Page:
EXCLUSIVE By Caroline Peal
A BUSINESSMAN sought by Interpol is the latest Brit to be arrested as part of the crackdown on dodgy timeshare re-sales.
Christopher Gerald Hannington, whose past business connections would concern most people, was arrested on the Costa del Sol along with three other Britons.
Nine businesses in Benalmadena have also closed their doors following the latest Spanish police investigation into timeshare scams.
The recent raid also nailed a firm that had been run by notorious conman Johnny Ossatian, who is said to have spent the past eight years of his life avoiding arrest and living off the proceeds of fraudulent activities.
The holiday club boss is not amongst those facing charges, having passed away in April.
But a business associate of his prior to his death was the accused, Hannington.
A source close to the investigation explained: “A firm of accountants has been appointed by the High Court
in the UK to find assets belonging to Ossatian.”
But attempts to interview Hannington in connection with Ossatian have been unsuccessful.
“Hannington has allegedly refused them access to Ossatian’s computers, which would no doubt have all the data on them in relation to victims in the UK,” said the source.
The shut down firms, involved in the practice of re-selling unwanted timeshares for an upfront fee, were amongst many of their kind now operating on the Costa del Sol.
The unscrupulous activity – where, invariably, no purchaser exists and the upfront fee is pocketed – has ballooned in our recession-hit times, and police have carried out a string of raids over the past year.
But exactly how the timeshare resale teams hook punters in is something of a mystery, with them often claiming to be holiday companies or tour operators.
One of THE latest batch to be shut down was Viva Travel Spain, which is listed on a jobseekers’ website as ‘travel agency’ with a staff of five, specialising in package holidays.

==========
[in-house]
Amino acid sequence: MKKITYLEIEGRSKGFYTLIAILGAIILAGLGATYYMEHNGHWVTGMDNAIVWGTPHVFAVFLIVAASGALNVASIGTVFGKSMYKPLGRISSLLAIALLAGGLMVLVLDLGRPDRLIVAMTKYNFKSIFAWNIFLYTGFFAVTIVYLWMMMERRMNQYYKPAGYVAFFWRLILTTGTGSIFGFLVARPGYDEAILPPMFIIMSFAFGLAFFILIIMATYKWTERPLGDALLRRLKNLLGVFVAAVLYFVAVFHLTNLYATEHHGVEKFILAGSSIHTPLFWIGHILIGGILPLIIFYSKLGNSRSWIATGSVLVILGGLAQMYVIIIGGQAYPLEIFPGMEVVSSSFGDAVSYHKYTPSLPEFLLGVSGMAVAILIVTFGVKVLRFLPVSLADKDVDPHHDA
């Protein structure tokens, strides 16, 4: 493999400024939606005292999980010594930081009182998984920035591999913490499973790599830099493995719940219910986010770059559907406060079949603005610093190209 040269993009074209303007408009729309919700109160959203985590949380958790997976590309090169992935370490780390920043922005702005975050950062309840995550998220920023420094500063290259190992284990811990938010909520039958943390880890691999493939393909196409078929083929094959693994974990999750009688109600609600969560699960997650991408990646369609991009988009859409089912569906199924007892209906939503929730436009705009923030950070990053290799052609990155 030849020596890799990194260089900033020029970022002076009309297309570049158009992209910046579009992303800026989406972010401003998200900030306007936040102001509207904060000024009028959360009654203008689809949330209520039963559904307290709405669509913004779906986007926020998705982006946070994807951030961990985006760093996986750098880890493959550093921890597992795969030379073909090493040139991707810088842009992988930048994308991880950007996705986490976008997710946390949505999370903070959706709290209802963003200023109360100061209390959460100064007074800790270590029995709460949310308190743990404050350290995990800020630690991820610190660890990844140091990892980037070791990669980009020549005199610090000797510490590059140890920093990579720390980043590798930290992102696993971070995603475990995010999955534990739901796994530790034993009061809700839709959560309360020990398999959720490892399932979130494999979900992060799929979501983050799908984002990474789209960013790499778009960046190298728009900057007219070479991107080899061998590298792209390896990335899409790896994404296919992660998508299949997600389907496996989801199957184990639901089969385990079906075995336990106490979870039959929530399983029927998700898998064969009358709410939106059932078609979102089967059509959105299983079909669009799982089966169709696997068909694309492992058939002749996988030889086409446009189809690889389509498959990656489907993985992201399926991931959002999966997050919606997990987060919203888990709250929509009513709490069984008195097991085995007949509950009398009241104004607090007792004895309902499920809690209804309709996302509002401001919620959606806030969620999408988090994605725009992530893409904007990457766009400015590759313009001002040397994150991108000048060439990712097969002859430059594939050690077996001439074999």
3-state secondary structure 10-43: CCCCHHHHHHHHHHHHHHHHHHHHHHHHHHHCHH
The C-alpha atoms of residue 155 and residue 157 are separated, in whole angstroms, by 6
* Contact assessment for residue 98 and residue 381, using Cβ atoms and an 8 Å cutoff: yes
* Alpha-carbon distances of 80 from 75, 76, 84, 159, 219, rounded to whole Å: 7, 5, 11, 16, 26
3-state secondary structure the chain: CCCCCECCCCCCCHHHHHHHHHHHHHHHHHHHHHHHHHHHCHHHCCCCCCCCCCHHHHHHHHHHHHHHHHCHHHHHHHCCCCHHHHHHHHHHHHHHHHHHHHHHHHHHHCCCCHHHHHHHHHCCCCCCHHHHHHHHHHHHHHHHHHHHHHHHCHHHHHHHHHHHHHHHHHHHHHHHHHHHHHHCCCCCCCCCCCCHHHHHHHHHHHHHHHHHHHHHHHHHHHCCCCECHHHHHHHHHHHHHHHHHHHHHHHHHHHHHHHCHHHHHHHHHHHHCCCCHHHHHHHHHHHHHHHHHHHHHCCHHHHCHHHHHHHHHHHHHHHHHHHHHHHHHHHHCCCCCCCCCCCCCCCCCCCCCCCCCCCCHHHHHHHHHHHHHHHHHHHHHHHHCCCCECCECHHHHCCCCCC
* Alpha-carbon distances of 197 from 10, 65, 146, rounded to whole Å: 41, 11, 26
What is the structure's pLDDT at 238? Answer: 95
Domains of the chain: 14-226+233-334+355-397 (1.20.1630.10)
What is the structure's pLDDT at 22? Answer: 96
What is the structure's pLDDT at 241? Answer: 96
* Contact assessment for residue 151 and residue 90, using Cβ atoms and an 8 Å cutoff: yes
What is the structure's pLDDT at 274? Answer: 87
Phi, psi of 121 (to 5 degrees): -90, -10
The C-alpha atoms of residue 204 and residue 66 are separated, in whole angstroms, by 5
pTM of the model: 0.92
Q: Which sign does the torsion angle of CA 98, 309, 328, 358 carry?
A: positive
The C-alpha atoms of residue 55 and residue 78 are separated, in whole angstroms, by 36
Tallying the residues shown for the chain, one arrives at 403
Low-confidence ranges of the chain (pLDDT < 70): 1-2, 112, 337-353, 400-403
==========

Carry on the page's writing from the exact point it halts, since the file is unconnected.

Another firm, Inside Europe (Dentro de Europa) is the subject of much discussion on an online timeshare forum where owners chat about the pros and cons of timesharing.
“Owners must be extremely wary”
The firm, whose website is still live, was operating up until four months ago and the forum comments give an insight into how the re-sale industry works, right from the first cold call.
Brit James Anderson discussed how some timeshare dealers operate: “They phone, give their blurb, and ask for your email address so they can send ‘all their details’. This does not arrive. They then phone again, amazed that their email details have not been received and suggest something must be wrong with your computer or ‘pop-up’ filter! This is all to lull you into thinking they are genuine.”
A Canadian time-sharer said: “I’ve received many phone calls over the past few months. Today they indicated
if I pay 1116 euros they have an interested buyer. After I refused the price was lowered to 584 euros. This money would be put in a holding account until late January. High pressure. I declined so they offered to call back in two hours to give me time to think.”
Discussing his experience of timeshare re-sales another Brit David Walker said: “I received a call from
Olive Press – Your Number One paper for Crime them last week introducing themselves.
Another call came today saying they have a buyer offering £6000, but I need to secure the sale with 99 euros. I won’t be giving it to them though!”
Other firms that were shut down are Viva Choice, Viva Internation-al Vacation Agency SL, Blue Chip SL, Euro Independent Marketing, Westminster Consultants Agrico Ltd and Continents Connections SC.
Reports of Hannington’s business dealings are not good. They stretch as far back as 2001 when his firm MC&S Services was struck off and dissolved by Companies House in the UK after repeatedly failing to file accounts.
Whether the nine firms were breaking the rules is not yet known but Sue McNicol, head of UK operations for the timeshare selfregulator Resort Development Organisation, said: “Timeshare owners should be extremely wary of cold calls and should never pay money upfront to companies or individuals contacting them. They should only deal with a company that is bound by the RDO code of conduct.”
As well as supporting Spanish police, the RDO have hired their own ex police inspector from within the Spanish force, who heads up a team that has helped shut down 82 fraudulent companies in the last four years.
Spanish police are looking to speak to victims, and the enforcement unit at the RDO will pass on complaints.
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